She was bruised on her forehead, nose, cheeks, neck and had bleeding in both eyes.
A few days later, the man was charged and a temporary protection order was made against him, stipulating he had no contact with the woman.
He was released on bail two days later and continued to stalk the woman.
He phoned her from the car outside her parents’ house while she was inside, he called her at work pretending to be a client and created an Instagram account under a false name to try to befriend the woman.
He broke into her Port Douglas unit three to four times via a window.
His violence reached a fever pitch on June 14, about three weeks after he was released on bail.
The woman had returned to her unit with two friends after a night out in Port Douglas.
In the early hours of the morning, while the friends were sleeping, the man used a knife to cut the open the kitchen window screen.
He locked the two friends in a spare bedroom before entering his ex-partner’s room where he sat next to her with a knife.
She woke and attempted to fight him off by swinging her arms. He punched her in the side of the face, which knocked her out.
“The swelling and bruising to her eye were such that she was unable to open the eye,” the court judgement read.
While she was unconscious, he removed her clothes and sexually assaulted her before carrying her half-naked to his car.
“He bound her wrists with duct tape. He also wrapped duct tape around her head across her mouth. He put her in the back seat and drove north towards Mossman,” the judgment read.
“He continued to detain her in the car for hours. She made unsuccessful attempts to attract help and to get away.”
He then drove to a secluded dirt track along Tinaroo Creek Road and parked there for hours, threatening to beat her again if she did not have sex with him.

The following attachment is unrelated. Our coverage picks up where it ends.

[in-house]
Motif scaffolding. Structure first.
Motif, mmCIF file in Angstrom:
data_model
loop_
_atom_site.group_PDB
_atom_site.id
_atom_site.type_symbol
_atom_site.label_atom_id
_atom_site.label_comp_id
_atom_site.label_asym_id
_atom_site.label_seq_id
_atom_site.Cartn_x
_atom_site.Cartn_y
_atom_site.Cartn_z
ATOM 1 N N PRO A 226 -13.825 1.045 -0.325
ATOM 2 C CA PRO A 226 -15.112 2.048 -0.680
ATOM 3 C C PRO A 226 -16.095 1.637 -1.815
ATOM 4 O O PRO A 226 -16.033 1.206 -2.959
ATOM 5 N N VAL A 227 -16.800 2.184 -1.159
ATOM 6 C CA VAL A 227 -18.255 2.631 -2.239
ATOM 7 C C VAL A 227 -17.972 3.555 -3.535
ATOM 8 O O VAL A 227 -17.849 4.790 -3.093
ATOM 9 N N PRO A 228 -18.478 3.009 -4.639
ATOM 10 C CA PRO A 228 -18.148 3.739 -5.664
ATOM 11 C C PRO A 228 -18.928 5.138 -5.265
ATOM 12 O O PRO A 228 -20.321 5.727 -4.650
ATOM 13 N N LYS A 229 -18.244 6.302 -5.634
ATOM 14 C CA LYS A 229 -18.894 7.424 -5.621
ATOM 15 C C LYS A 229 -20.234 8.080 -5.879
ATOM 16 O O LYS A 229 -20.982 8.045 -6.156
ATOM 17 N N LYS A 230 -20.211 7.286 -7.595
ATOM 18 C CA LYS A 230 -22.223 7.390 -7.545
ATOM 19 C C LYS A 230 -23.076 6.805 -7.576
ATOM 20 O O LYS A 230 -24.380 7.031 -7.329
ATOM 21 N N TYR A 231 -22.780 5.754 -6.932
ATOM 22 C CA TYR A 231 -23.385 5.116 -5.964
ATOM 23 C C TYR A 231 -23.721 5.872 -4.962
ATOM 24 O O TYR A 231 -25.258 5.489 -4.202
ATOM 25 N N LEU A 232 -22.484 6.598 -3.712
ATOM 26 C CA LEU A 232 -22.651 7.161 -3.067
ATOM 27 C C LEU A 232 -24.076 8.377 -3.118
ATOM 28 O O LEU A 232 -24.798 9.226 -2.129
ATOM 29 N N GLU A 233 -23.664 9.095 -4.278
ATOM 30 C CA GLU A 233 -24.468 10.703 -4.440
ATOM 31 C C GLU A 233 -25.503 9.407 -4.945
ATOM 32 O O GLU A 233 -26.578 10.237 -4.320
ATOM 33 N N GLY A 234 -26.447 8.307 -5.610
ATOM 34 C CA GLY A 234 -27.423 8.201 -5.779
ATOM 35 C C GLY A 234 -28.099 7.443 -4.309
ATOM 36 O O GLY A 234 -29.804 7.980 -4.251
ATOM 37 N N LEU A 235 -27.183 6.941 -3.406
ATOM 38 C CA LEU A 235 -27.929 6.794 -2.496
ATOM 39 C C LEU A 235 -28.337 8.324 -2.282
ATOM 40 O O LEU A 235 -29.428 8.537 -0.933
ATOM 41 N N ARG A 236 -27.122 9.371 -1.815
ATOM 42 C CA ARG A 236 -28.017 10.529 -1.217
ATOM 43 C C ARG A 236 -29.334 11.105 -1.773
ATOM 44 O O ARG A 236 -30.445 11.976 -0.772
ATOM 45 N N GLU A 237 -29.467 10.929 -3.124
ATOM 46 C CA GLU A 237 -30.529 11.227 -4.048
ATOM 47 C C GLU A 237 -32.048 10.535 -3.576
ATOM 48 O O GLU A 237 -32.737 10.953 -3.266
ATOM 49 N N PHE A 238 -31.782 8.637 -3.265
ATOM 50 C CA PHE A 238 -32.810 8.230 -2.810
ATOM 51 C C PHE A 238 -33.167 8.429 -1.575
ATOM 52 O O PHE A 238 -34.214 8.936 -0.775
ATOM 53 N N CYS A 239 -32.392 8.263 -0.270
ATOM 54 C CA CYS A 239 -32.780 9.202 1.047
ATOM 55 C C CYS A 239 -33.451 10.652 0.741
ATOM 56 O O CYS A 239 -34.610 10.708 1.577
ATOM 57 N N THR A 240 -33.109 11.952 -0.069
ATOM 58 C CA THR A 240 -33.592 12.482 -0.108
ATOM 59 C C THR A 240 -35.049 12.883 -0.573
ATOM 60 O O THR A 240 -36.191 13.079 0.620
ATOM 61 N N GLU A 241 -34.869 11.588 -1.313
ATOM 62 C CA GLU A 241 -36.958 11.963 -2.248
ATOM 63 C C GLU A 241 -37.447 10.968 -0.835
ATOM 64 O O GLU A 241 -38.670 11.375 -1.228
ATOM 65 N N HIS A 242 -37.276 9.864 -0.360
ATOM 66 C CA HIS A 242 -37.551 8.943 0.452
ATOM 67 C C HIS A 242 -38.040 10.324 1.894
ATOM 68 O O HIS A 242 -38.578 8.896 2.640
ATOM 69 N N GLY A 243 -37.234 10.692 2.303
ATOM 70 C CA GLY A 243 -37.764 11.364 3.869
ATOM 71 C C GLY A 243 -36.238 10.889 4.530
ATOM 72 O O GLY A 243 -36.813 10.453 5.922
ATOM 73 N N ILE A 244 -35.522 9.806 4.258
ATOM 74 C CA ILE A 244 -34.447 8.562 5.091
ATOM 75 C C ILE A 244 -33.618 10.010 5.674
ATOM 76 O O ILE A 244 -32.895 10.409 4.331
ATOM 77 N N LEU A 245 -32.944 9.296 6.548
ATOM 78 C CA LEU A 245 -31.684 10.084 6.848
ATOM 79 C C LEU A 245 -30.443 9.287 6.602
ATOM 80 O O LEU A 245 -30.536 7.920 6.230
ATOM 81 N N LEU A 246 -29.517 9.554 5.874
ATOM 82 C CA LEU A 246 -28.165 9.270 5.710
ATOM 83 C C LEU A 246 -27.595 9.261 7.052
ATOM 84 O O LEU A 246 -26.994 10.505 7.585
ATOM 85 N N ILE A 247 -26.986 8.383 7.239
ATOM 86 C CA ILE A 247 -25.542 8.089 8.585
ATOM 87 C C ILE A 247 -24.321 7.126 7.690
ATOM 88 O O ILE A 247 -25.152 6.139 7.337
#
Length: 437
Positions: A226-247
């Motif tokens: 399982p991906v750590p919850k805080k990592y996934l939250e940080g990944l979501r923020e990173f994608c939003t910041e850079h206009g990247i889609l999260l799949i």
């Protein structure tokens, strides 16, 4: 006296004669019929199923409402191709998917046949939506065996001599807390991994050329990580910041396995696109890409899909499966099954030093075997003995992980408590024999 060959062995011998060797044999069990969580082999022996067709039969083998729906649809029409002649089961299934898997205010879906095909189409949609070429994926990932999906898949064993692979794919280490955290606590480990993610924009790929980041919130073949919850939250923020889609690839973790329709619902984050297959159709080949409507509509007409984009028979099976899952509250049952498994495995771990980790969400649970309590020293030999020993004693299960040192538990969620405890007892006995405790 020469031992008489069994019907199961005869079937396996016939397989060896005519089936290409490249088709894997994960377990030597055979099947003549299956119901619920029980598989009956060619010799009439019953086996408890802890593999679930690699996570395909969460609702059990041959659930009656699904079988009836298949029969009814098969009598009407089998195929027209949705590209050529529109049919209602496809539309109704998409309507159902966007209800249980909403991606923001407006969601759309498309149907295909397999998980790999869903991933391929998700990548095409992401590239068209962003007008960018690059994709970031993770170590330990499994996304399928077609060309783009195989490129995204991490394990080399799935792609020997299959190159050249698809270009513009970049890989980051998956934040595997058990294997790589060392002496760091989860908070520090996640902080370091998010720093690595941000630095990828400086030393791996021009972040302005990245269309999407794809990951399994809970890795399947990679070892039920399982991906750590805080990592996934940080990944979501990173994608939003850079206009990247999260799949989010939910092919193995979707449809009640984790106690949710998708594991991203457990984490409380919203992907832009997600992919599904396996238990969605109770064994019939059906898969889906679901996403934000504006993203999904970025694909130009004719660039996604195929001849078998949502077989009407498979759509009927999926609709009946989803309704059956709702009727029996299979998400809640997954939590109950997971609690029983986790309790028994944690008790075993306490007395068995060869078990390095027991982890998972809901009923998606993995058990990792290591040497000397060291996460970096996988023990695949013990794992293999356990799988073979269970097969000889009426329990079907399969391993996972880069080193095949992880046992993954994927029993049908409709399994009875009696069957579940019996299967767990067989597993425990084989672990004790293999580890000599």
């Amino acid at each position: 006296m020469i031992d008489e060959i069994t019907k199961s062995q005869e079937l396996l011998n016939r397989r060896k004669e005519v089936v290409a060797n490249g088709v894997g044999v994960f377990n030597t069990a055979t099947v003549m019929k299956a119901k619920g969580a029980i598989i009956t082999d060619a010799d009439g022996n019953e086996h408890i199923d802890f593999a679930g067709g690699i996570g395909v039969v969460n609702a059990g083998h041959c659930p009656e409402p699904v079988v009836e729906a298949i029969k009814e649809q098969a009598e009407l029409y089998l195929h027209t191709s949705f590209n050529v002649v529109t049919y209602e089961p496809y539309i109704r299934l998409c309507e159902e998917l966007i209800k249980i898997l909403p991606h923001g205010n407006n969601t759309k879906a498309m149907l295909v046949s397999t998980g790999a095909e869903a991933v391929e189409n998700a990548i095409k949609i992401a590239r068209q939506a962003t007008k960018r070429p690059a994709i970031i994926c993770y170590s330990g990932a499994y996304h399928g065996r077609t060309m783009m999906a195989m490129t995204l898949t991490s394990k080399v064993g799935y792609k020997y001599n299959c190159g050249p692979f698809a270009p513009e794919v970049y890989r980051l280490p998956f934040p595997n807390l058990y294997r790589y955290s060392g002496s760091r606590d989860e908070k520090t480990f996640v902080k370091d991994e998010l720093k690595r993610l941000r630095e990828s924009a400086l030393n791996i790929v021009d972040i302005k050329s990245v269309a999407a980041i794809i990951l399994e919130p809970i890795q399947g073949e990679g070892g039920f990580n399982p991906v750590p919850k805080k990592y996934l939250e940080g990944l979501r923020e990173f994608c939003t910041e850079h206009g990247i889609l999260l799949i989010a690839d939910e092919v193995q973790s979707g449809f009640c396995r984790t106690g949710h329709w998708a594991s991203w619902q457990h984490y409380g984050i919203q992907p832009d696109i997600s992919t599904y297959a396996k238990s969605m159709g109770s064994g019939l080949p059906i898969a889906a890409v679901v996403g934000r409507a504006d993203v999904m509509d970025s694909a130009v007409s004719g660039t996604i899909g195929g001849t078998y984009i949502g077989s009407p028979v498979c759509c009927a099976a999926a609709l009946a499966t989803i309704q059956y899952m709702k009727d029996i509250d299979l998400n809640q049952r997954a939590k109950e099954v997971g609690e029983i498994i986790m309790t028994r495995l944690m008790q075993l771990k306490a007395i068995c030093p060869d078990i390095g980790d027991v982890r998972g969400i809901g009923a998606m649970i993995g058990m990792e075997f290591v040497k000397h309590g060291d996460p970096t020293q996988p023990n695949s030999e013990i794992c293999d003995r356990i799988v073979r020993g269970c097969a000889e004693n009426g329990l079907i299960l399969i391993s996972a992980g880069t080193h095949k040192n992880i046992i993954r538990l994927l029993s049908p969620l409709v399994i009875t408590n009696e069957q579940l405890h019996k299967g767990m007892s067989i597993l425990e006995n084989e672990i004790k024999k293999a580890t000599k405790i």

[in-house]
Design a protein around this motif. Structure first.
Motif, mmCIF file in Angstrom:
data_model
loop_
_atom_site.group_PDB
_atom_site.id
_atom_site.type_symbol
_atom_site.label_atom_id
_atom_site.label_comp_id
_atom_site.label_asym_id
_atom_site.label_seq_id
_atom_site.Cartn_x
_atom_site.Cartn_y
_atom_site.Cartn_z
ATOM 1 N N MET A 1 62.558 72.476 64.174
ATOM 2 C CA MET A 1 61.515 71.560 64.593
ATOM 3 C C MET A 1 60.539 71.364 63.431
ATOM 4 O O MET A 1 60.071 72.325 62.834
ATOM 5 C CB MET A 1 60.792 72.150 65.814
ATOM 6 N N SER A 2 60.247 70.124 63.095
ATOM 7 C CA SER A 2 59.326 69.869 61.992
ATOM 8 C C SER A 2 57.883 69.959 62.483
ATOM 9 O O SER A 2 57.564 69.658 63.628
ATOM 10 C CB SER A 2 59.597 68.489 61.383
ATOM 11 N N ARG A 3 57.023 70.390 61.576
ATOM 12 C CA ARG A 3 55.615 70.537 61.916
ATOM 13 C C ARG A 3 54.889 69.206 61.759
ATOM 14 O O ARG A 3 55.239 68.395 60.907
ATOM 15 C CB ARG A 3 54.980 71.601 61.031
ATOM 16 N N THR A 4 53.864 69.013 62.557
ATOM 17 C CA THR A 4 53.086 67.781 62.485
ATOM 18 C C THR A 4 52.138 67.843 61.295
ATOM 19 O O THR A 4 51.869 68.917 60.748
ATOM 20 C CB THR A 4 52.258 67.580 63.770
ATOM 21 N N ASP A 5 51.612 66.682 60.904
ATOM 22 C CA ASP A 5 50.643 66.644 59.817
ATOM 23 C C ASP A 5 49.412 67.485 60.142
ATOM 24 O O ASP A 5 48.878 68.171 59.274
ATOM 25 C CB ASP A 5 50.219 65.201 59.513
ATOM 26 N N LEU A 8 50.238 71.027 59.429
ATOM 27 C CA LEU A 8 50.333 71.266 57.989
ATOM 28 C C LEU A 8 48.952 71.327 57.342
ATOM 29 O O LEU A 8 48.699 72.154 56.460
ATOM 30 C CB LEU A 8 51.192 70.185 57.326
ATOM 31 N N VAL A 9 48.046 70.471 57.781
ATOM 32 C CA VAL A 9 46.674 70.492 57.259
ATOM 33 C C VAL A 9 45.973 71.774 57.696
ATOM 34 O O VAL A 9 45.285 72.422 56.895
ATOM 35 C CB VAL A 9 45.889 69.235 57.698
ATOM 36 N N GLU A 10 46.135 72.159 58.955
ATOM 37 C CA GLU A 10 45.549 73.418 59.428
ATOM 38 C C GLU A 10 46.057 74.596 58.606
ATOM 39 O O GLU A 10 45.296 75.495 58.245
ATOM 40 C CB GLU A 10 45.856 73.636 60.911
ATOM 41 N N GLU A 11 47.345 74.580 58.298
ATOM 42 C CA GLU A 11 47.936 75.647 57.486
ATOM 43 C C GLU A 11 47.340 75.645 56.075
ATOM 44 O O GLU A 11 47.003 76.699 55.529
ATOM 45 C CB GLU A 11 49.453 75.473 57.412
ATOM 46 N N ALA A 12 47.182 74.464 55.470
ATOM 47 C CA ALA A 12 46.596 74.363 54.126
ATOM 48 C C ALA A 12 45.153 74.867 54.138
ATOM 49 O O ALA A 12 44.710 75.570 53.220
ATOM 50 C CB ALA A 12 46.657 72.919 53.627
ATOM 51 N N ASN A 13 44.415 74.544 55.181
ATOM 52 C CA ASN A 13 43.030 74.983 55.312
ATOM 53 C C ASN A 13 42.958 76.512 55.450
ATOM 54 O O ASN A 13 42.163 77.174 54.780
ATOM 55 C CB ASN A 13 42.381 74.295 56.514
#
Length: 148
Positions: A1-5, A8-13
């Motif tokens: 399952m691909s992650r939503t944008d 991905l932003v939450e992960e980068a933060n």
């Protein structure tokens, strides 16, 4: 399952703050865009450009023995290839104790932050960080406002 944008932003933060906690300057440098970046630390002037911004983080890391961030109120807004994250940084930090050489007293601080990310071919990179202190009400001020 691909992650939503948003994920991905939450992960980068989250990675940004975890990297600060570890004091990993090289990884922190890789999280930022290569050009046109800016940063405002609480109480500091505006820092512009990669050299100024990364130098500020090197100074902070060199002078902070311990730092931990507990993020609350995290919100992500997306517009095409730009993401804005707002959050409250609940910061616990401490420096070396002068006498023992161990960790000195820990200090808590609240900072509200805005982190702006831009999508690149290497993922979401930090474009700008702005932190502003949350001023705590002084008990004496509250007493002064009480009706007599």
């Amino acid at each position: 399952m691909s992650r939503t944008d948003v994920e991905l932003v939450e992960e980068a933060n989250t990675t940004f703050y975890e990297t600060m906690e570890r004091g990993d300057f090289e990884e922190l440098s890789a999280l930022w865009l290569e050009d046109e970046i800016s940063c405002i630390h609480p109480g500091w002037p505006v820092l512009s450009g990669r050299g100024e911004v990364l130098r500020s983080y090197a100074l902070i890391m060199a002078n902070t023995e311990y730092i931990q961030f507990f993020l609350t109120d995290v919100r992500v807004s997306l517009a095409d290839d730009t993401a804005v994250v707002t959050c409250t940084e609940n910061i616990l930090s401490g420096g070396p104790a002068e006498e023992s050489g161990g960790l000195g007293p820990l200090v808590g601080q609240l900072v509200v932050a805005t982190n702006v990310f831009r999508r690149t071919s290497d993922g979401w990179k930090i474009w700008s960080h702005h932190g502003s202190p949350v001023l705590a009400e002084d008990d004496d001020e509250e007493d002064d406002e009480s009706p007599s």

“She refused again but eventually agreed to avoid being hurt further and so that he would take her home,” according to the court judgment.
The man pleaded guilty to one count of rape and three counts of sexual assault, one count of choking in a domestic setting, one count of unlawful stalking with violence, one count of burglary, one count of assault occasioning bodily harm, one count of deprivation of liberty, one count of rape, one count of dangerous operation of a vehicle and 19 further summary offences.
In March last year, he was sentenced to 12 years in prison.
A serious violent offence declaration was made, meaning he has to serve at least 80 per cent of the sentence or nine years and seven months before being eligible for parole.
His appeal was based on the way they judge calculated the 12-year sentence and argued he should have been eligible for parole sooner.
The Court of Appeal disagreed and found the way the sentence was originally calculated was fair.
“That [12 years] is a heavy sentence but it was imposed for extremely serious offending,” Justice David Jackson wrote in his reasons.
“The sentences are not manifestly excessive.”
If you need support, the national sexual assault, family and domestic violence counselling service operates 24 hours a day, seven days a week on 1800 737 732. Telephone 000 in an emergency.
Lydia Lynch is a reporter for the Brisbane Times